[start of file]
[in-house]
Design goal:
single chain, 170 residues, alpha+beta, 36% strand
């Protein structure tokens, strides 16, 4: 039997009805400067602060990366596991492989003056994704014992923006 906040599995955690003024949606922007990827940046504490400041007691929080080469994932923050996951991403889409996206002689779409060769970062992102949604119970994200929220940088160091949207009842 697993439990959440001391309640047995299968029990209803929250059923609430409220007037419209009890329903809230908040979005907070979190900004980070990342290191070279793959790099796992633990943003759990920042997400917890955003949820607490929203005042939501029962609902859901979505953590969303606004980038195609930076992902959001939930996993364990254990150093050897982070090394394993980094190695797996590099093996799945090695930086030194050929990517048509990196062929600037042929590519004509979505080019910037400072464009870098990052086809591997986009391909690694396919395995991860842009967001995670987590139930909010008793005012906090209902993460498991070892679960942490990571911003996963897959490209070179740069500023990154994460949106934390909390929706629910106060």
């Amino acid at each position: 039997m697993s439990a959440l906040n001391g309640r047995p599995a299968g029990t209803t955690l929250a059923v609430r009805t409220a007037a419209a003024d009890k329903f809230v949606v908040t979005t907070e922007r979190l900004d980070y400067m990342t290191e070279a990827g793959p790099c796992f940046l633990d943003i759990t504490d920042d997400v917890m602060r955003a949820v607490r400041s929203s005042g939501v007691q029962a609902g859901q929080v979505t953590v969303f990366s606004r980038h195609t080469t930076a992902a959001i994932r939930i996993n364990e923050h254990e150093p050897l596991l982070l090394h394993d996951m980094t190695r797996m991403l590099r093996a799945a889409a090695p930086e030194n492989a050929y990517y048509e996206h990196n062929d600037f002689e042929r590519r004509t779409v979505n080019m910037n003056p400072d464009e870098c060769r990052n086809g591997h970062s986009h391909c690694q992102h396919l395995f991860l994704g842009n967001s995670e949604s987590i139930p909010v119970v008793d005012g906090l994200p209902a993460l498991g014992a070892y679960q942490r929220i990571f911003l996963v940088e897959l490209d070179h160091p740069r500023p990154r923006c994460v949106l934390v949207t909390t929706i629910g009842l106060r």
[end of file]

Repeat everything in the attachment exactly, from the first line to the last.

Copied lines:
[in-house]
Design goal:
single chain, 170 residues, alpha+beta, 36% strand
């Protein structure tokens, strides 16, 4: 039997009805400067602060990366596991492989003056994704014992923006 906040599995955690003024949606922007990827940046504490400041007691929080080469994932923050996951991403889409996206002689779409060769970062992102949604119970994200929220940088160091949207009842 697993439990959440001391309640047995299968029990209803929250059923609430409220007037419209009890329903809230908040979005907070979190900004980070990342290191070279793959790099796992633990943003759990920042997400917890955003949820607490929203005042939501029962609902859901979505953590969303606004980038195609930076992902959001939930996993364990254990150093050897982070090394394993980094190695797996590099093996799945090695930086030194050929990517048509990196062929600037042929590519004509979505080019910037400072464009870098990052086809591997986009391909690694396919395995991860842009967001995670987590139930909010008793005012906090209902993460498991070892679960942490990571911003996963897959490209070179740069500023990154994460949106934390909390929706629910106060």
């Amino acid at each position: 039997m697993s439990a959440l906040n001391g309640r047995p599995a299968g029990t209803t955690l929250a059923v609430r009805t409220a007037a419209a003024d009890k329903f809230v949606v908040t979005t907070e922007r979190l900004d980070y400067m990342t290191e070279a990827g793959p790099c796992f940046l633990d943003i759990t504490d920042d997400v917890m602060r955003a949820v607490r400041s929203s005042g939501v007691q029962a609902g859901q929080v979505t953590v969303f990366s606004r980038h195609t080469t930076a992902a959001i994932r939930i996993n364990e923050h254990e150093p050897l596991l982070l090394h394993d996951m980094t190695r797996m991403l590099r093996a799945a889409a090695p930086e030194n492989a050929y990517y048509e996206h990196n062929d600037f002689e042929r590519r004509t779409v979505n080019m910037n003056p400072d464009e870098c060769r990052n086809g591997h970062s986009h391909c690694q992102h396919l395995f991860l994704g842009n967001s995670e949604s987590i139930p909010v119970v008793d005012g906090l994200p209902a993460l498991g014992a070892y679960q942490r929220i990571f911003l996963v940088e897959l490209d070179h160091p740069r500023p990154r923006c994460v949106l934390v949207t909390t929706i629910g009842l106060r």